With a career spanning fifteen years, six studio albums under their belts and three years since their last headline tour in the UK, there was an infinitely excited crowd amassing outside of the O2 Academy of Birmingham within the early hours to ensure they got a place right at the front for this show; I wasn’t entirely sure why at first with so much time passing and The Used virtually disappearing off the face of the Earth… But by eleven o clock I knew exactly why.

First up are pop-punk mob Decade, an unlikely support act but one that take the stage with all the charisma needed to grip the crowd in the palm of their hands and even get the most reluctant of the audience to dance along to their sunny anthems. Performing tracks off debut album Good Luck, they bring an interesting blend of angsty and thoroughly British lyrics and vocals with sunny guitars with dark and looming bass lines and blasting drums that hail to their punk influences. Despite some equipment troubles, the band remain fun and seem genuinely humbled by the reaction they receive, adding to their likability and leaving the audience on a high.

Landscapes completely change the mood of the whole venue from optimistic and sunny to dramatic and brooding with a chiaroscuro lighting and ear-shattering feedback as an introduction before band members are storming and screaming through the crowd, jumping up and down like springs, relaying motivational speeches in a gruff and demanding way, and just in general creating a forceful and energising atmosphere through their dark and heavy music with melodic and spine-tingling interludes.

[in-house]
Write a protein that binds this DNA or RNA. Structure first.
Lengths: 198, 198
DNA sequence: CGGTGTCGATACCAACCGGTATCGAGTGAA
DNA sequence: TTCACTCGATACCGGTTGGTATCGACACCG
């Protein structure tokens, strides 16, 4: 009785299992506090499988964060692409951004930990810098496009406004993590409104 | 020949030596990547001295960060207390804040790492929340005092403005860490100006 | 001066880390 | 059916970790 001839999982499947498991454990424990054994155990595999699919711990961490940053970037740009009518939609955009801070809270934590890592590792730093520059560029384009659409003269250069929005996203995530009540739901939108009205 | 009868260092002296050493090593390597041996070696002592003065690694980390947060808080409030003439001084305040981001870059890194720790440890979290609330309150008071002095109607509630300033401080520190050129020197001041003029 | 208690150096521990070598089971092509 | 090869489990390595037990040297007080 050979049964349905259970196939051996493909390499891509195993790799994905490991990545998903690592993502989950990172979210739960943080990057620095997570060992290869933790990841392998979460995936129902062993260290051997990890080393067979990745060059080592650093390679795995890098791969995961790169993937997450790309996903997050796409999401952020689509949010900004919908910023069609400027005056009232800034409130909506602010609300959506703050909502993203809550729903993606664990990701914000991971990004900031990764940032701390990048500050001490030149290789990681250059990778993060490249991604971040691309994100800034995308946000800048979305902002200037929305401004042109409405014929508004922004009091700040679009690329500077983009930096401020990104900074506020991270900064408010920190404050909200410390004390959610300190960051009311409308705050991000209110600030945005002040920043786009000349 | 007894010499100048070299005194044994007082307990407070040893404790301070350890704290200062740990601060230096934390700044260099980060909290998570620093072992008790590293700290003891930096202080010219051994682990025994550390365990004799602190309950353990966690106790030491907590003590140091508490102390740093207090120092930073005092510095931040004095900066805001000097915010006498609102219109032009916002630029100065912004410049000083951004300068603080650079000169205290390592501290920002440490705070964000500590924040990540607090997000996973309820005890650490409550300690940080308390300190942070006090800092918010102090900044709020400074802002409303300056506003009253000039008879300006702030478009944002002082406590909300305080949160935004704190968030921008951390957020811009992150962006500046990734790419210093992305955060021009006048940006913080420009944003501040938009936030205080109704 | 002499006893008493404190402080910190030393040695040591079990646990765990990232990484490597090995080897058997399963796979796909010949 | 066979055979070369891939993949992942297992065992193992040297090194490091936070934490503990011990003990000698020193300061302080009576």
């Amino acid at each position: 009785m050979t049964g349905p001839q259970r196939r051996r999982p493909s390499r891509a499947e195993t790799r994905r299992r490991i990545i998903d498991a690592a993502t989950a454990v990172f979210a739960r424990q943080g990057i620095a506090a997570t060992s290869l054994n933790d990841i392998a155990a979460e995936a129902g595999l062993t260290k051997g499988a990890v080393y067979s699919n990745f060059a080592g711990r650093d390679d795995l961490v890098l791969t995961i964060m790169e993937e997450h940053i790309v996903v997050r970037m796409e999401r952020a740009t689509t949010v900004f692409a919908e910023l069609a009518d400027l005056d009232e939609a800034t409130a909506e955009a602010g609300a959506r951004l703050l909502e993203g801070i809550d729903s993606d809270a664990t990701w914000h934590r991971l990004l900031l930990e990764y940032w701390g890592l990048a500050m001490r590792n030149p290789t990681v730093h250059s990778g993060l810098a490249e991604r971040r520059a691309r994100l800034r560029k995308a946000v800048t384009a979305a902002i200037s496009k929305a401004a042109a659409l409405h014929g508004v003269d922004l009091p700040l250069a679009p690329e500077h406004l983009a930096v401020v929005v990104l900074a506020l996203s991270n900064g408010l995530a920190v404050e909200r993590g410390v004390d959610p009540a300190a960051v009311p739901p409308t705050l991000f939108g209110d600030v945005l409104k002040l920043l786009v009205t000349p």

The minute The Used take to the stage the party really begins. Through both new singles such as Cry and Revolution to classics such as Pretty Handsome Awkward, The Bird and The Worm and The Taste of Ink The Used show why people fell in love with them fifteen years ago and still do. They still have the ability to shock and inspire with vocalist Bert McCracken telling lewd and inappropriate stories, spitting water all over the crowd, and moving in a way that seems almost inhuman; despite this, they promote positivity, loving oneself and make every single fan feel special and involved, specifically a 14 year old fan called Beth whom they got up on stage, hugged and allowed to join in singing a song she loved. What could make this set better? A mash up of Rage Against The Machine, Nirvana and Box Full of Sharp Objects of course, one thing you cannot deny, The Used really do know how to put on a show that will blow your mind.

Leaving the stage on the promise of returning once more in the very near future, this is a promise I hope and pray is kept as this is one show I thoroughly did not want to end. It kept me fully engaged and excited to hear what would happen next and displayed a wide array of talent, styles and emotions with one thing in common: a shared love and appreciation for music and sharing the messages behind it.

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